Of course, apps wouldn’t need permission to be able to read and write data related to the app itself for any user of that app. In other words, if you install a game app on your personal server, it should be able to record your score to your personal database without asking for your permission. But if you want to see other people’s scores for the same app, they need to grant permissions for you to access their scores. Or if you install a leaderboard app that aggregates all the scores from different apps to show you how you are doing in all games, you would need to grant permission to the leaderboard app to access your score in all the other game apps on your server. If you want to publicize your score in a public leaderboard, you should also be able to make it public. And if your game app allows you to upload a video of you playing the game, you should be able to grant access to friends you have validated, so they can watch the video (or to make it public.)

A preliminary specification for the configuration file can be found here. Specifically, the “permissions” key can be used by apps to define what permissions the application is seeking. 

Here is an example of what the permissions requests might look like: 

"permissions": {
"top_scores": {
"description":"Player Top Scores", // description appears to users when they are asked to grant permissions
"collection":"scores", // the database table you are giving access to
"return_fields":"score","_creator","_date_created"],// the fields that can be shared
"type":"db_query", // the type of permission – in this case, the permissions allows a collection to be queried under specific circumstances.
"sort_fields":{"score":-1}, "max_count":1, // specific to the “db_query” type permissions
"requestee_app": null, // apps can also ask permission to access other apps here – defaults to the same app.
"sharable_groups":["public"] // defines who can access this.
"selfie_share": {
"description":"Share video of you paying game",
"type":"object_delegate", // the type of permission – in this case, giving access to the video file
"sharable_groups":["logged_in"],// sharing with everyone logged in to your server.

Ultimately the goal is to give a maximum amount of functionality to the app, by defining a set of common interactions patterns with the back end. The configuration file is where each app can outline the back-end interactions it seeks. The file can also be used to provide optional meta-data about the app, and the data structure it uses and to define the css/js files associated with each html page.(More details here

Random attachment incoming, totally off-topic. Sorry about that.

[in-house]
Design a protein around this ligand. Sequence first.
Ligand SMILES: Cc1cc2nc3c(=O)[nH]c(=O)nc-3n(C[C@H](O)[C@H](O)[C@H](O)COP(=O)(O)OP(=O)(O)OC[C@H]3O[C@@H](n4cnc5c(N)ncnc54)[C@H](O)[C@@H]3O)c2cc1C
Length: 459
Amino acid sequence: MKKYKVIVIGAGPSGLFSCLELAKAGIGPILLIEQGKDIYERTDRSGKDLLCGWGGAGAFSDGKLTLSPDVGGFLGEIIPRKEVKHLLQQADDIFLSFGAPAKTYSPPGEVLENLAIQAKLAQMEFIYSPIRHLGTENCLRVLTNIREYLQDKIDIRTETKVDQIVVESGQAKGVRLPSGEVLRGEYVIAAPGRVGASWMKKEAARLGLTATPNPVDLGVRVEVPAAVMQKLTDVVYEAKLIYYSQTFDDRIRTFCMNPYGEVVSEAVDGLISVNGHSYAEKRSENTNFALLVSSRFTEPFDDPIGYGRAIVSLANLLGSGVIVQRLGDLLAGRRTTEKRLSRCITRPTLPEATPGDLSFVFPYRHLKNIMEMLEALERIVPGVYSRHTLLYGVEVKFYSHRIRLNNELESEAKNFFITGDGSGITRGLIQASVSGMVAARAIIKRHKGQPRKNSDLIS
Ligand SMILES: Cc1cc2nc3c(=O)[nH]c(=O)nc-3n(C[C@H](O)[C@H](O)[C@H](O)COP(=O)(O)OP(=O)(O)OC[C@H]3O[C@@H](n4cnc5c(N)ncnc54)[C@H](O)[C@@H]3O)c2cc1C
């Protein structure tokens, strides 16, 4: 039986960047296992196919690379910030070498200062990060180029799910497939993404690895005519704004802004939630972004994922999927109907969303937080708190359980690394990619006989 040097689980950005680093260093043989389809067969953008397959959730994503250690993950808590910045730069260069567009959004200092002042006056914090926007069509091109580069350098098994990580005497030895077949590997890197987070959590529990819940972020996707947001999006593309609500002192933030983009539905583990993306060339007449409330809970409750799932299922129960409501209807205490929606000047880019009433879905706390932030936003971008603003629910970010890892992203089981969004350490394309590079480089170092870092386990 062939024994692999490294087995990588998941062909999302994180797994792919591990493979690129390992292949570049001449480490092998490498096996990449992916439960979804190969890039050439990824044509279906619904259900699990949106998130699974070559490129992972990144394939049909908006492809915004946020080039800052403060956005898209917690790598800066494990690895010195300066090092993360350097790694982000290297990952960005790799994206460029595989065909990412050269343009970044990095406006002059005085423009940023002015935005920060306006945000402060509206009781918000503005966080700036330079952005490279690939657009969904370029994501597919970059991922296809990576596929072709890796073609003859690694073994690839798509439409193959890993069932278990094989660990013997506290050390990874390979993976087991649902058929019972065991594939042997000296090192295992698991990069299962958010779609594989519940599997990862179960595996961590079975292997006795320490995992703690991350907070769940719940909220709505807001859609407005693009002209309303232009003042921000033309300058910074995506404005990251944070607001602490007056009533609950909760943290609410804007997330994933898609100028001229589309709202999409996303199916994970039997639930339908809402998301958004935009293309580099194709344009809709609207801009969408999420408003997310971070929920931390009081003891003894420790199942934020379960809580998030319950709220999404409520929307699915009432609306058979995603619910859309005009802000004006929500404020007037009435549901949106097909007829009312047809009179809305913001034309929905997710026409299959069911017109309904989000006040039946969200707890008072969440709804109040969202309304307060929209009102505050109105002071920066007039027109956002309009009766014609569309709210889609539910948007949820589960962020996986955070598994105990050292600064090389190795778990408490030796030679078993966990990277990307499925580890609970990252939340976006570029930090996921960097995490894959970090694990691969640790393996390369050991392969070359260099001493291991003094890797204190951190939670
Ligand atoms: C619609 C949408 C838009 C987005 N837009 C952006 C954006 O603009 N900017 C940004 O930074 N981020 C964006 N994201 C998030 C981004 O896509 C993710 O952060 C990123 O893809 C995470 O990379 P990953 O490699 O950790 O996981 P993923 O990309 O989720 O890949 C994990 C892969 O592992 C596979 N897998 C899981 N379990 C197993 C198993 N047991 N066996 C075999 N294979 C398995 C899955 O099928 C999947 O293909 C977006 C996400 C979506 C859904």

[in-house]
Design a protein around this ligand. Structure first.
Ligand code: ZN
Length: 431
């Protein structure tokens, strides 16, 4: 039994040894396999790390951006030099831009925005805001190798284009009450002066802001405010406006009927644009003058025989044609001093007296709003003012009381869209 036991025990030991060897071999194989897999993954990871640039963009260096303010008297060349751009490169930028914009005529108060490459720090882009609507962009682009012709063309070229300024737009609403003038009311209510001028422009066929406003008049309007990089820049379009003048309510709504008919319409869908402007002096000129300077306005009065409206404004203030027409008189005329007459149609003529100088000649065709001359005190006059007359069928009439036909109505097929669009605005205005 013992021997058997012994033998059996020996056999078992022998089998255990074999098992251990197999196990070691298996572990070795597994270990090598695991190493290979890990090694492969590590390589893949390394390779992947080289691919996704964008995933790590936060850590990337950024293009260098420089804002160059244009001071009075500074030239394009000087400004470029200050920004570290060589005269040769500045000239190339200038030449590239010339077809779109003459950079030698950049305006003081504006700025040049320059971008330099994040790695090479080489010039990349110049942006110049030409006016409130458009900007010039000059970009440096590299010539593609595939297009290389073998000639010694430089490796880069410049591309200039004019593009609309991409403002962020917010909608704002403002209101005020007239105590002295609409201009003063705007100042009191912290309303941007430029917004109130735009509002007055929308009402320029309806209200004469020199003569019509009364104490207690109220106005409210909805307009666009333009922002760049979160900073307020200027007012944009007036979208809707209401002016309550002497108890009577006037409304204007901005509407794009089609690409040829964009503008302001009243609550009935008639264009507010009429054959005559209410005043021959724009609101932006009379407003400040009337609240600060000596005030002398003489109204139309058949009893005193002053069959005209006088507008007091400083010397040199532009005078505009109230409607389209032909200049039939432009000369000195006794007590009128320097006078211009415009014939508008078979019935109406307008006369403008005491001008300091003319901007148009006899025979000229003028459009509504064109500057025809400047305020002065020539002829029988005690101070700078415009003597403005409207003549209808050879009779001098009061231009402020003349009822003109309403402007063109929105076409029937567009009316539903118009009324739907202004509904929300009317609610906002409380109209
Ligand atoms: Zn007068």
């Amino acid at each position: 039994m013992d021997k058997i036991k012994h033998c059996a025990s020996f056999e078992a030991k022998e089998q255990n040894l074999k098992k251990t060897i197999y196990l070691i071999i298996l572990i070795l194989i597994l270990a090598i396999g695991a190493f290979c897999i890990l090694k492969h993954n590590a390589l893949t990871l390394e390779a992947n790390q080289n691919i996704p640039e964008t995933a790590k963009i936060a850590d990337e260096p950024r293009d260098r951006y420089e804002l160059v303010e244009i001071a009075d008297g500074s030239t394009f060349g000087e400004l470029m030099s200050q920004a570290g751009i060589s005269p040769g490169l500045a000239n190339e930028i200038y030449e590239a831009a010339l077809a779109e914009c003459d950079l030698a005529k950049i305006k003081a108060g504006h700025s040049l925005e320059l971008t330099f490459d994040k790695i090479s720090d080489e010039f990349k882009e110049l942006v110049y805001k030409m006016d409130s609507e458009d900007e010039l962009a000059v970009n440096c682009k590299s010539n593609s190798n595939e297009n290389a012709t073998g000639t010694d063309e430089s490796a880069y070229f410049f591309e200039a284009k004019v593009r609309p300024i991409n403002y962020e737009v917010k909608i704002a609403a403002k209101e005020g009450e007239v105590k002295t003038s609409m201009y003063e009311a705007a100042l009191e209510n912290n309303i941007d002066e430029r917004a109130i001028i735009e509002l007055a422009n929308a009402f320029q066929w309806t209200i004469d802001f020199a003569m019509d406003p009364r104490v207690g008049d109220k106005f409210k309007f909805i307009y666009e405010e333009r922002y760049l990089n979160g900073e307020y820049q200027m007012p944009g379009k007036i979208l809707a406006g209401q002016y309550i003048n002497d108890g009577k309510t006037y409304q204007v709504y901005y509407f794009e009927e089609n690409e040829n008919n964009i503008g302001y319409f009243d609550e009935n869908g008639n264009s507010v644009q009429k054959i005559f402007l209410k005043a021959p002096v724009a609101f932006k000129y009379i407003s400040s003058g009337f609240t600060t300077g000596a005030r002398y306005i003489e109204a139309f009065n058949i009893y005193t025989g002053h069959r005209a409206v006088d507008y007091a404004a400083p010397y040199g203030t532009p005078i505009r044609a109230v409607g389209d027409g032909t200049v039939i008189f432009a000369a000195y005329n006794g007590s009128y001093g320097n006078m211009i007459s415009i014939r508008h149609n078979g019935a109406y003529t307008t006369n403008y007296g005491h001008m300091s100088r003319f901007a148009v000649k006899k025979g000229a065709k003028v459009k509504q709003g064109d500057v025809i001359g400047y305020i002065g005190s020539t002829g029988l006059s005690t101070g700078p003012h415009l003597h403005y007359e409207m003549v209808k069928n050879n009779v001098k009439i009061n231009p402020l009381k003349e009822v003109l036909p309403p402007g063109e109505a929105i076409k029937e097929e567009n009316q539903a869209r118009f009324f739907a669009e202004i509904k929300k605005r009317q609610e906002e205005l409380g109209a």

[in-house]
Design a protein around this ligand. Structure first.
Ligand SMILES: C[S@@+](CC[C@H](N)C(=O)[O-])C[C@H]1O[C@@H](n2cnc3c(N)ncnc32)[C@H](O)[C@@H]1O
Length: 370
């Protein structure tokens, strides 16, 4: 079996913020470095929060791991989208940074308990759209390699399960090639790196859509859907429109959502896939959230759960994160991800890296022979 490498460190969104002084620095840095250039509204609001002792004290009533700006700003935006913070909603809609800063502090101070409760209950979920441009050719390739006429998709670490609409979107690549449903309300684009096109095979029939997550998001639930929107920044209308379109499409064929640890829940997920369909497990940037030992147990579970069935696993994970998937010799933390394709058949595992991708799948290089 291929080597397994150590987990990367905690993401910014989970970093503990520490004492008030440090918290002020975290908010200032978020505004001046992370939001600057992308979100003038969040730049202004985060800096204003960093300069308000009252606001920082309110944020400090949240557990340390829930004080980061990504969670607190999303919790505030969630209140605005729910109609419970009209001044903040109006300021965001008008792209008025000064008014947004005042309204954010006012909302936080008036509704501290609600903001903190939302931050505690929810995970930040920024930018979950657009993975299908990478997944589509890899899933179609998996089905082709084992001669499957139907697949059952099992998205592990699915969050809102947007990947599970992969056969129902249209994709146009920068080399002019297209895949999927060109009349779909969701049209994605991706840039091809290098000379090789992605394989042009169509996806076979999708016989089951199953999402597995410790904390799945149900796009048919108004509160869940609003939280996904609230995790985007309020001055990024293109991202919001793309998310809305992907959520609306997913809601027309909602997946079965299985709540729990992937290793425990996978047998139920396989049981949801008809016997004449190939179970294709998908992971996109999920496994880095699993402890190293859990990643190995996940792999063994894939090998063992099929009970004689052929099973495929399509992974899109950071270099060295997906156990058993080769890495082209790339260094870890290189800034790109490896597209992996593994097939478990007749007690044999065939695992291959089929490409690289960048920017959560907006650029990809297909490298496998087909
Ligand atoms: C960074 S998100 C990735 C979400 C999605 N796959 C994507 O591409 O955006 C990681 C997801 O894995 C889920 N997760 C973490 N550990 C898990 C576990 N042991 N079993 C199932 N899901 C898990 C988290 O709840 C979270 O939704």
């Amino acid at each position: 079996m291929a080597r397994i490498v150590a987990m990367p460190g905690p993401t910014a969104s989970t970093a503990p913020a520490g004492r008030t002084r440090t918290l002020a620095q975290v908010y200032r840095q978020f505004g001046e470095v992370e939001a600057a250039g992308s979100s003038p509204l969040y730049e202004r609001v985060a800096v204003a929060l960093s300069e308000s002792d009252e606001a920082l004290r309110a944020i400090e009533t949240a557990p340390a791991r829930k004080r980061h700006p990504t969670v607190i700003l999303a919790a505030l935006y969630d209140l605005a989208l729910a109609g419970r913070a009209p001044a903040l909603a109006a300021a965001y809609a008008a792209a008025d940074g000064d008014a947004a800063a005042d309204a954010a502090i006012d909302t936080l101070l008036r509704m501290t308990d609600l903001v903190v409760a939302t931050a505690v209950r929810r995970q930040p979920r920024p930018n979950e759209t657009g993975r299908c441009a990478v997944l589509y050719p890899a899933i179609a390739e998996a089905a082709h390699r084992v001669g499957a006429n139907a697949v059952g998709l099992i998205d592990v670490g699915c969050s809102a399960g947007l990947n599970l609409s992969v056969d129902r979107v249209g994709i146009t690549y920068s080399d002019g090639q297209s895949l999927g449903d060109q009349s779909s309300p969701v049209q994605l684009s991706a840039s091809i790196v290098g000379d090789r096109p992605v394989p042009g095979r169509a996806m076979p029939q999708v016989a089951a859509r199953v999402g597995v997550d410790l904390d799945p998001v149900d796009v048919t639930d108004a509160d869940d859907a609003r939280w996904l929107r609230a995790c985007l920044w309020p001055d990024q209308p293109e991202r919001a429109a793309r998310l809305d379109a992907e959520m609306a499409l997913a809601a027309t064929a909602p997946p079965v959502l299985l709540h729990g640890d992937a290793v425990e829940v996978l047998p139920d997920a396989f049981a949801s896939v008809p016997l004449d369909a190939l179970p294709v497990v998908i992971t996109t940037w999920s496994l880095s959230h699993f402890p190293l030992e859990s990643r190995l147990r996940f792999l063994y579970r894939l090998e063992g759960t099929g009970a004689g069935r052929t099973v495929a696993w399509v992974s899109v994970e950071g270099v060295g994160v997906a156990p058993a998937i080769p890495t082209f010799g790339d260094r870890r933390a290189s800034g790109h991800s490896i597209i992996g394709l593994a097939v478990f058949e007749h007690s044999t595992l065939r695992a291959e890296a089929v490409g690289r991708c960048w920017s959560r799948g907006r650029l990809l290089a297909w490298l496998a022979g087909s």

Specifically, the Permission schema in the configuration file serves to safeguard the freedoms stated earlier – specifically to ensure mobility and autonomy. It provides the basis for the mechanisms allowing an app developed by a new developer to replace an older app developed by someone else. 

This sets the level playing field.

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Posted by salman on: 6/1/2019, 4:25:19 PM

tl;dr This post is an introduction to the  personal server paradigm, and the first of multiple posts related to

- 1980's - A (personal) computer on every desk
- 2000's - A (smart) phone in every hand.
- 2020's - A (smart personal) server for every soul?

Imagine a world where each of us has a personal server. Our server would host the apps we use; it would store all our personal data; and it would communicate with other servers in any way we ask it to.

The unfortunate (and somewhat accidental) arrangement in today’s prevalent web-services architecture is that the “apps” we use are hosted on servers which are controlled by other companies (such as Twitter or Facebook among countless others.) In a different paradigm of personal servers, the “app” I would use to tweet (for example) would be installed on my own server rather than on Twitter’s, and my “tweets” would sit primarily in my own personal database. 

It should be self-evident that such a personal server paradigm is more consistent with the original concept of a distributed World Wide Web. This personal server paradigm also provides a better human-computer interaction model than the web services model prevalent today. By being masters of our data, its apps, and its environment, we have the possibility of setting our data free – free to interact with other apps we choose and control, free to stay offline unbothered by data-mining services we don’t like, free to be transported to other environments and servers, and free from the shackles of the third party servers we do not control.